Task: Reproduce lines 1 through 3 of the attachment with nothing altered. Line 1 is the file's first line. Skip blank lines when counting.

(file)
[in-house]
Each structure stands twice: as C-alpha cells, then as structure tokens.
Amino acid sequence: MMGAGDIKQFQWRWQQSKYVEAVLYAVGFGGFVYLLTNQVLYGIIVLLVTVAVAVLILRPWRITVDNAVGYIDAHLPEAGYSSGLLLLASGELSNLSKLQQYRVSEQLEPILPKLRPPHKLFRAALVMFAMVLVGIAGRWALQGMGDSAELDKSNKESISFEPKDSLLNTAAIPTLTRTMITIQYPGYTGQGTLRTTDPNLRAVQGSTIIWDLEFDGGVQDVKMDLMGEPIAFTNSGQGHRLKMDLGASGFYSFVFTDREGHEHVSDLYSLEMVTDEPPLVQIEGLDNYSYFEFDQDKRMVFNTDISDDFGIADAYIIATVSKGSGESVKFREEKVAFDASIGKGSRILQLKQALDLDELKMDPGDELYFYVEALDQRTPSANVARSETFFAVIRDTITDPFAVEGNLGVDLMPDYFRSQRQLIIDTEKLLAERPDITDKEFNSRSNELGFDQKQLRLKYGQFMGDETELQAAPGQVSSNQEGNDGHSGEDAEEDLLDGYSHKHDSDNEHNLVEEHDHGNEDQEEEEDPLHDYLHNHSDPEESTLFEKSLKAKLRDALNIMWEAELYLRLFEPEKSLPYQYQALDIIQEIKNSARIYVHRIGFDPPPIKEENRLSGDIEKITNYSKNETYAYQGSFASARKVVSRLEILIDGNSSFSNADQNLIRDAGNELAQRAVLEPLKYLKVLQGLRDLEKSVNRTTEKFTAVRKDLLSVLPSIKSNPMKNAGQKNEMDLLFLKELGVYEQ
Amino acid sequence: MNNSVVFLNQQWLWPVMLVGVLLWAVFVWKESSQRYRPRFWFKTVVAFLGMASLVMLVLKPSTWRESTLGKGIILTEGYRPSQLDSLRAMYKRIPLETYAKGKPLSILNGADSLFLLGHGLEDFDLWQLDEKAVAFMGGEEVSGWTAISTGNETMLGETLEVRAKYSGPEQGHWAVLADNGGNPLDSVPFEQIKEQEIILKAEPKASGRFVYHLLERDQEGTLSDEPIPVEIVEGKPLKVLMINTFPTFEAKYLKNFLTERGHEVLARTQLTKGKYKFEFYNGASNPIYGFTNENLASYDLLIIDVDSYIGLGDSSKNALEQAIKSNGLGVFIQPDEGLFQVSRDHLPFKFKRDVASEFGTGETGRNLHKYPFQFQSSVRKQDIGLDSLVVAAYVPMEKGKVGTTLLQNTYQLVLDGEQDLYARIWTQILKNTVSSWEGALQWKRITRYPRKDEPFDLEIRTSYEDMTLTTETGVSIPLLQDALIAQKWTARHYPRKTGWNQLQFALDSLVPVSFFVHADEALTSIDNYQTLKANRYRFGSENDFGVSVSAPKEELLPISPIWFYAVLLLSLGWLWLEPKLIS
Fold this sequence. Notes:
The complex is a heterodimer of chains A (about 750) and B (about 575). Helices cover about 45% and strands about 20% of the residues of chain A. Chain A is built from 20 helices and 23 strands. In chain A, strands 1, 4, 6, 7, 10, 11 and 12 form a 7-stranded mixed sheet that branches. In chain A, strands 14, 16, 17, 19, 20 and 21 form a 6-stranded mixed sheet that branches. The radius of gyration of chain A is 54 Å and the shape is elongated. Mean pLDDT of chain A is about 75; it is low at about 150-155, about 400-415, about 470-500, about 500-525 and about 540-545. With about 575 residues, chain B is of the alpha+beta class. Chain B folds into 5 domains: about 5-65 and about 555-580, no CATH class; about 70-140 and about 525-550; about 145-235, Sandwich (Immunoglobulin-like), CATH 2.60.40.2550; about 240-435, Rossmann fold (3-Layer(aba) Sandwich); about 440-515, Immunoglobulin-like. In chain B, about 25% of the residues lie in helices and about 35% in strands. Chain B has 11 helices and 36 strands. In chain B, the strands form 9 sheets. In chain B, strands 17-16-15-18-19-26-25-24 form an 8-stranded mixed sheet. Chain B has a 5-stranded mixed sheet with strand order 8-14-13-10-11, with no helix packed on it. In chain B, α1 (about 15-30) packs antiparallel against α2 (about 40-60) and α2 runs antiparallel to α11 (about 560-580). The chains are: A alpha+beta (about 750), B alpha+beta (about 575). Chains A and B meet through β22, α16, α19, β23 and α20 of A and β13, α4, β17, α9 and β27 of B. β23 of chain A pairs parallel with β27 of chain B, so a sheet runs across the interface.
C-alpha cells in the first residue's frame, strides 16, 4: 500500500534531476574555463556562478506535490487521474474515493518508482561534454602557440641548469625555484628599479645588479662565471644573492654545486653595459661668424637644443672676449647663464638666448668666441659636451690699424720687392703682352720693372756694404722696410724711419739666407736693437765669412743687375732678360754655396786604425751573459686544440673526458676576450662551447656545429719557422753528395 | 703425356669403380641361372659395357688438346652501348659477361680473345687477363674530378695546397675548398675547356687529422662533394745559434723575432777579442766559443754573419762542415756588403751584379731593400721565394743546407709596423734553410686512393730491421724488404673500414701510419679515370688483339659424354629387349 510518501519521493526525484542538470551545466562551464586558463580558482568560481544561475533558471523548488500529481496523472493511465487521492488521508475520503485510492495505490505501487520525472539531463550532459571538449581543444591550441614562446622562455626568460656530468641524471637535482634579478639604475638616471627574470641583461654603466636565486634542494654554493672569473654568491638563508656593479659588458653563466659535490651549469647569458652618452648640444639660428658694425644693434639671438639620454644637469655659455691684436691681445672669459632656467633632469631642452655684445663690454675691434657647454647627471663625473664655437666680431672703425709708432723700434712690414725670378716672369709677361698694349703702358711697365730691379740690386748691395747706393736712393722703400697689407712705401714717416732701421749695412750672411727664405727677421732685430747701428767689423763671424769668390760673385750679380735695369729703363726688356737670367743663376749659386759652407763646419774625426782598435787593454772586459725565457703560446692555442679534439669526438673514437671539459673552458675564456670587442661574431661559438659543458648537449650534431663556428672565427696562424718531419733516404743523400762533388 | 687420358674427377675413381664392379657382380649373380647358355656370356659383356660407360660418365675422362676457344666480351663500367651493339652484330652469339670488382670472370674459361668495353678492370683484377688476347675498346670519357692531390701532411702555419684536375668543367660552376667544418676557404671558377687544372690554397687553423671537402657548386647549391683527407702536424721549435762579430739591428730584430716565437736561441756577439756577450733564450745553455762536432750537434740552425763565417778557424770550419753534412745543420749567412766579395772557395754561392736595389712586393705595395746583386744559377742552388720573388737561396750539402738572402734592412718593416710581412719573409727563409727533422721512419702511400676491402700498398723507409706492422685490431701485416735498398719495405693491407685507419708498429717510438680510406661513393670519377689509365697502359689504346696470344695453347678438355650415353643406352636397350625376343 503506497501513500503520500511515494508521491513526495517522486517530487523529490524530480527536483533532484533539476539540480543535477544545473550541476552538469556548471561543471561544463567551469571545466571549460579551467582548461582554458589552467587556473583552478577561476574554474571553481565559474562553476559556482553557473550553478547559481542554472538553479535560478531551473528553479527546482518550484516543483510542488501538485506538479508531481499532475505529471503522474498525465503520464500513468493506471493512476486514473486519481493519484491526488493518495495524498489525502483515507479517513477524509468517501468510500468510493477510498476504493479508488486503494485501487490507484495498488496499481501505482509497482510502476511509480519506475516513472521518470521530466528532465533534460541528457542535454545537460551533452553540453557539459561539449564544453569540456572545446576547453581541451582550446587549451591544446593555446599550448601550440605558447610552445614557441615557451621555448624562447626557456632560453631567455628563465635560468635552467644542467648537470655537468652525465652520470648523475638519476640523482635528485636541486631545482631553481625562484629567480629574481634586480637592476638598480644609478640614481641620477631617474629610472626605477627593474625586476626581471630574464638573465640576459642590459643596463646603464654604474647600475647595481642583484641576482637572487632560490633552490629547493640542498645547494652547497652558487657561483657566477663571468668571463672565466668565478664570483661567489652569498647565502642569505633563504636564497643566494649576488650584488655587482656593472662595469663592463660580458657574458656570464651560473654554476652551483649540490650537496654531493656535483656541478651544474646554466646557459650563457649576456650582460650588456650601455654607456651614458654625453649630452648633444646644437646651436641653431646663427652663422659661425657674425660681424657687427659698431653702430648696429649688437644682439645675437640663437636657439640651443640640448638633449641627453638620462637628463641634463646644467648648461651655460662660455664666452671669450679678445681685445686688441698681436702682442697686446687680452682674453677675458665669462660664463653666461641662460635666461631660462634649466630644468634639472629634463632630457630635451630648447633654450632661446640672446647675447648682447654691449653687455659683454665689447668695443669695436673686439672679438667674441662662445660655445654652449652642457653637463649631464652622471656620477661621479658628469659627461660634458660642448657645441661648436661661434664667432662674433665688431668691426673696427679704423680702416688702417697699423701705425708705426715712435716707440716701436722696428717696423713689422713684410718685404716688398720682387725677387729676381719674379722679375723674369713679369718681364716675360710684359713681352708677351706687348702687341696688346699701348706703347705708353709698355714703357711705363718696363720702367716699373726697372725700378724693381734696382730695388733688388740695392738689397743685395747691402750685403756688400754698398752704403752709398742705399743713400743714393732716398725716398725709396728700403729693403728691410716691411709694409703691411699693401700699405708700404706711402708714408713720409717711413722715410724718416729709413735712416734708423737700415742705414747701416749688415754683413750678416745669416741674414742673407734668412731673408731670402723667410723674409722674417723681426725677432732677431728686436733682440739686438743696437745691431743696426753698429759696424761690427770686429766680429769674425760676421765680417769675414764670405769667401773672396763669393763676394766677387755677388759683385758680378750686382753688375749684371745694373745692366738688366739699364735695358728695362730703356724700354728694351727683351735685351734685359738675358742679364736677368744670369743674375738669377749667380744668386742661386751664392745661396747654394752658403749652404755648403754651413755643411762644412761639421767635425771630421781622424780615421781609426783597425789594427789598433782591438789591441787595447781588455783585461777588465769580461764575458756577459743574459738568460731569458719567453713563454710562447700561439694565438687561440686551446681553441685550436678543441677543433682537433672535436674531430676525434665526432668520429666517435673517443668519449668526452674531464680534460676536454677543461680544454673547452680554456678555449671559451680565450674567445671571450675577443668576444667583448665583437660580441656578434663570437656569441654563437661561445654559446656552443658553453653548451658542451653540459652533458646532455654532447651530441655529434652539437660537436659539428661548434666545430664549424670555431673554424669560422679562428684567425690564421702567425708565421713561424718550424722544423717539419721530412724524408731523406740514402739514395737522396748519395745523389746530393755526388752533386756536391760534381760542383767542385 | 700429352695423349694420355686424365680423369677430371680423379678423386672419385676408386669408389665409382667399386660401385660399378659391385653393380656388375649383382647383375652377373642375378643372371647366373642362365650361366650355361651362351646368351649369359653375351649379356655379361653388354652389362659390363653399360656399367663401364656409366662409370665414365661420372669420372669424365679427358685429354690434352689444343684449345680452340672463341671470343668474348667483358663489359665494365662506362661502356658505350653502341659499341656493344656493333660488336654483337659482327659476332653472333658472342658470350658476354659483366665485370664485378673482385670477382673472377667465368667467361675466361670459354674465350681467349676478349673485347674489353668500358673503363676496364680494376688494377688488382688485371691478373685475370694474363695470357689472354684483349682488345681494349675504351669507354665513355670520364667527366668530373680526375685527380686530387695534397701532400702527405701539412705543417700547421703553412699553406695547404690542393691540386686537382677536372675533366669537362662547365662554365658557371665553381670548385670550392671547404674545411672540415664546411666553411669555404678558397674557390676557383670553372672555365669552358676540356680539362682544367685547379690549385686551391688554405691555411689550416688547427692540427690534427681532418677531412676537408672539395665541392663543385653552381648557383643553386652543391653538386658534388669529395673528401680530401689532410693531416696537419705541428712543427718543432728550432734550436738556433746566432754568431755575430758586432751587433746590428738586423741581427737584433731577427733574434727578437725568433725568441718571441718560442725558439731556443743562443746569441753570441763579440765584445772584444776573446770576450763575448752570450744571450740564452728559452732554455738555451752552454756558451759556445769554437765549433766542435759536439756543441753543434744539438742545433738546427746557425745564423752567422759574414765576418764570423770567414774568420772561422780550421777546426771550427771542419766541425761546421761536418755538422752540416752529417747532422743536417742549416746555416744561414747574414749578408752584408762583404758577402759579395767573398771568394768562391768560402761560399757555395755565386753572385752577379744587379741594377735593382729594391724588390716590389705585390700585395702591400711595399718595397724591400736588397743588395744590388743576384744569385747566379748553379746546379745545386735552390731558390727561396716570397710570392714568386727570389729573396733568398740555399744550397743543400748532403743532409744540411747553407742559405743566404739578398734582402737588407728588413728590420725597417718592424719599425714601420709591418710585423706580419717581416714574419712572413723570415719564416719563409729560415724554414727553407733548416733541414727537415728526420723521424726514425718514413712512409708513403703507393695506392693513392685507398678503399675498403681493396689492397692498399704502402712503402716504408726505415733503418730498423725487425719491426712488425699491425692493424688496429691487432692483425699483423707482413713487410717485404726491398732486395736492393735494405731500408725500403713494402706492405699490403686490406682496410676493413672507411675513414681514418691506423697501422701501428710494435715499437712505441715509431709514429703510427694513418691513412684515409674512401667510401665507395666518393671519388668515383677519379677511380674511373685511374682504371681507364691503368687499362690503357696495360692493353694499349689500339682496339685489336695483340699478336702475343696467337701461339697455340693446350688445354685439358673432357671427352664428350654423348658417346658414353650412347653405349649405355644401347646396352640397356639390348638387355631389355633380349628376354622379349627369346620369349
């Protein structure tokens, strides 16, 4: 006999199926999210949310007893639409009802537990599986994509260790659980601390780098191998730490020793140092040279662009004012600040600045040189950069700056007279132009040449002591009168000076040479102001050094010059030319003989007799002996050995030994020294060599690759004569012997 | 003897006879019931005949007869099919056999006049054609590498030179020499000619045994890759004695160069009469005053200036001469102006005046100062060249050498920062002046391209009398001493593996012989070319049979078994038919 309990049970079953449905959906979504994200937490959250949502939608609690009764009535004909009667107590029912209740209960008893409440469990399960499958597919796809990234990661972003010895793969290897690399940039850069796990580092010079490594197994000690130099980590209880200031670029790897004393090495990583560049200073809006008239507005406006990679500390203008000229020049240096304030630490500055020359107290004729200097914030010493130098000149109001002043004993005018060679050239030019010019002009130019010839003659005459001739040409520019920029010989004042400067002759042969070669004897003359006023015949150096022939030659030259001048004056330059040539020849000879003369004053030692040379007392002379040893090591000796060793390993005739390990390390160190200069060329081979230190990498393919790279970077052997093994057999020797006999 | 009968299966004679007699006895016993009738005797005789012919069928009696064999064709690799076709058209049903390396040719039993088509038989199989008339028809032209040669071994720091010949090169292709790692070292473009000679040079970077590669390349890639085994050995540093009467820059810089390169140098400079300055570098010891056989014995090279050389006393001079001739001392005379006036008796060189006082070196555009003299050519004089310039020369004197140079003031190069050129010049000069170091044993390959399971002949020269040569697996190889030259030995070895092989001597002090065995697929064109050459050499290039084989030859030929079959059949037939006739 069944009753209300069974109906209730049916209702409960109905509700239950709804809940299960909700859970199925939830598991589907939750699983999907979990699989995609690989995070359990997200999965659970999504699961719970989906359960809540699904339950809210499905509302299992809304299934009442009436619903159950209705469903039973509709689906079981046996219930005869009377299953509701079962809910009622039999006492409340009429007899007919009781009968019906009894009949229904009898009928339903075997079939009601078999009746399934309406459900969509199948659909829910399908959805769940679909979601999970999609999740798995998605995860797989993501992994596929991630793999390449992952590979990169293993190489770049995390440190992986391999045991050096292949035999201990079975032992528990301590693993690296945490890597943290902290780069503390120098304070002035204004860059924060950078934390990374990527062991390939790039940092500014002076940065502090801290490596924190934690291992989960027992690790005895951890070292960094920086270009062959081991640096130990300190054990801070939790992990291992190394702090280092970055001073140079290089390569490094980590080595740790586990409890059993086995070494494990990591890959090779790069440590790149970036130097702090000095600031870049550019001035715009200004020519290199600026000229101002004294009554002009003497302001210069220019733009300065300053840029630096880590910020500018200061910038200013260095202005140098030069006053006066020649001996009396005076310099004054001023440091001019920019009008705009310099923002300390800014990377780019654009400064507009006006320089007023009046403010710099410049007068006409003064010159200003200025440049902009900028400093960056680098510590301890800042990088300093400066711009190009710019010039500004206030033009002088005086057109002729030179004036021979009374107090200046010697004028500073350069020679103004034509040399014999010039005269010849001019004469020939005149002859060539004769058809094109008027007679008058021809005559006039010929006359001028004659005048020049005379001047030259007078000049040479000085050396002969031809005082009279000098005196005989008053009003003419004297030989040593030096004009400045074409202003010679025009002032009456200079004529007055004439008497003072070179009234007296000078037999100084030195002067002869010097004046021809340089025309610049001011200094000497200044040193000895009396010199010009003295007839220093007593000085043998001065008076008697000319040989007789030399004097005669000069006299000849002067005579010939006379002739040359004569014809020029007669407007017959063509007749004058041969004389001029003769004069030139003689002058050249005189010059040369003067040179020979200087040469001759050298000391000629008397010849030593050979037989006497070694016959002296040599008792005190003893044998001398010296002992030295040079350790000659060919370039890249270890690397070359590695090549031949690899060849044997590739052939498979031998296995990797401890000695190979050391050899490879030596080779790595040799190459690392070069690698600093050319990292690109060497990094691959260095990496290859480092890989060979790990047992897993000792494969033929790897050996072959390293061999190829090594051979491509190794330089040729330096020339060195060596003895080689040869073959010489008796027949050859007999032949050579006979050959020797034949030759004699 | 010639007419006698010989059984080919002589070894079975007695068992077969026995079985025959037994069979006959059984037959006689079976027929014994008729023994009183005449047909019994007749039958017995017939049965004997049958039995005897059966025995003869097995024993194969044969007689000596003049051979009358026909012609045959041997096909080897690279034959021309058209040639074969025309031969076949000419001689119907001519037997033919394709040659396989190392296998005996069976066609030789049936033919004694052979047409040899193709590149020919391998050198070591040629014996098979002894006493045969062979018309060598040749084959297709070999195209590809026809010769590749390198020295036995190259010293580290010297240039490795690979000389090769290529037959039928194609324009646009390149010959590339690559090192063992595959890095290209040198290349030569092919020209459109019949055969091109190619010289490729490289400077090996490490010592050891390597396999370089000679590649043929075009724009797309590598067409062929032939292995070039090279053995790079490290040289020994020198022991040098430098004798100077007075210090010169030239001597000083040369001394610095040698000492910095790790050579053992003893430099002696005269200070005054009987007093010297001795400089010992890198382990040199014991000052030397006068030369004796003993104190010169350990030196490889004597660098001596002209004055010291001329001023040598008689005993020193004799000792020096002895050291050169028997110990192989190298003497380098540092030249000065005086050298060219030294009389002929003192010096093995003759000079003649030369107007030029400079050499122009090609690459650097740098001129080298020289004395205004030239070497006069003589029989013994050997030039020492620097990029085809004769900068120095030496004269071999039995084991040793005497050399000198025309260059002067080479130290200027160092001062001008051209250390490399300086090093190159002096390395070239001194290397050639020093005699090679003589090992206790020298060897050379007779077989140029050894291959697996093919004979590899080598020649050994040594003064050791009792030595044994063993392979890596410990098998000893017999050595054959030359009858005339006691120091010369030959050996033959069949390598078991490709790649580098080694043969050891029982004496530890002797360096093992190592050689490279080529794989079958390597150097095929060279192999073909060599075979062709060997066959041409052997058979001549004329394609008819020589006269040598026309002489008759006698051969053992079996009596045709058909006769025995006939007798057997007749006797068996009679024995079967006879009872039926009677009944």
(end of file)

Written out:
[in-house]
Each structure stands twice: as C-alpha cells, then as structure tokens.
Amino acid sequence: MMGAGDIKQFQWRWQQSKYVEAVLYAVGFGGFVYLLTNQVLYGIIVLLVTVAVAVLILRPWRITVDNAVGYIDAHLPEAGYSSGLLLLASGELSNLSKLQQYRVSEQLEPILPKLRPPHKLFRAALVMFAMVLVGIAGRWALQGMGDSAELDKSNKESISFEPKDSLLNTAAIPTLTRTMITIQYPGYTGQGTLRTTDPNLRAVQGSTIIWDLEFDGGVQDVKMDLMGEPIAFTNSGQGHRLKMDLGASGFYSFVFTDREGHEHVSDLYSLEMVTDEPPLVQIEGLDNYSYFEFDQDKRMVFNTDISDDFGIADAYIIATVSKGSGESVKFREEKVAFDASIGKGSRILQLKQALDLDELKMDPGDELYFYVEALDQRTPSANVARSETFFAVIRDTITDPFAVEGNLGVDLMPDYFRSQRQLIIDTEKLLAERPDITDKEFNSRSNELGFDQKQLRLKYGQFMGDETELQAAPGQVSSNQEGNDGHSGEDAEEDLLDGYSHKHDSDNEHNLVEEHDHGNEDQEEEEDPLHDYLHNHSDPEESTLFEKSLKAKLRDALNIMWEAELYLRLFEPEKSLPYQYQALDIIQEIKNSARIYVHRIGFDPPPIKEENRLSGDIEKITNYSKNETYAYQGSFASARKVVSRLEILIDGNSSFSNADQNLIRDAGNELAQRAVLEPLKYLKVLQGLRDLEKSVNRTTEKFTAVRKDLLSVLPSIKSNPMKNAGQKNEMDLLFLKELGVYEQ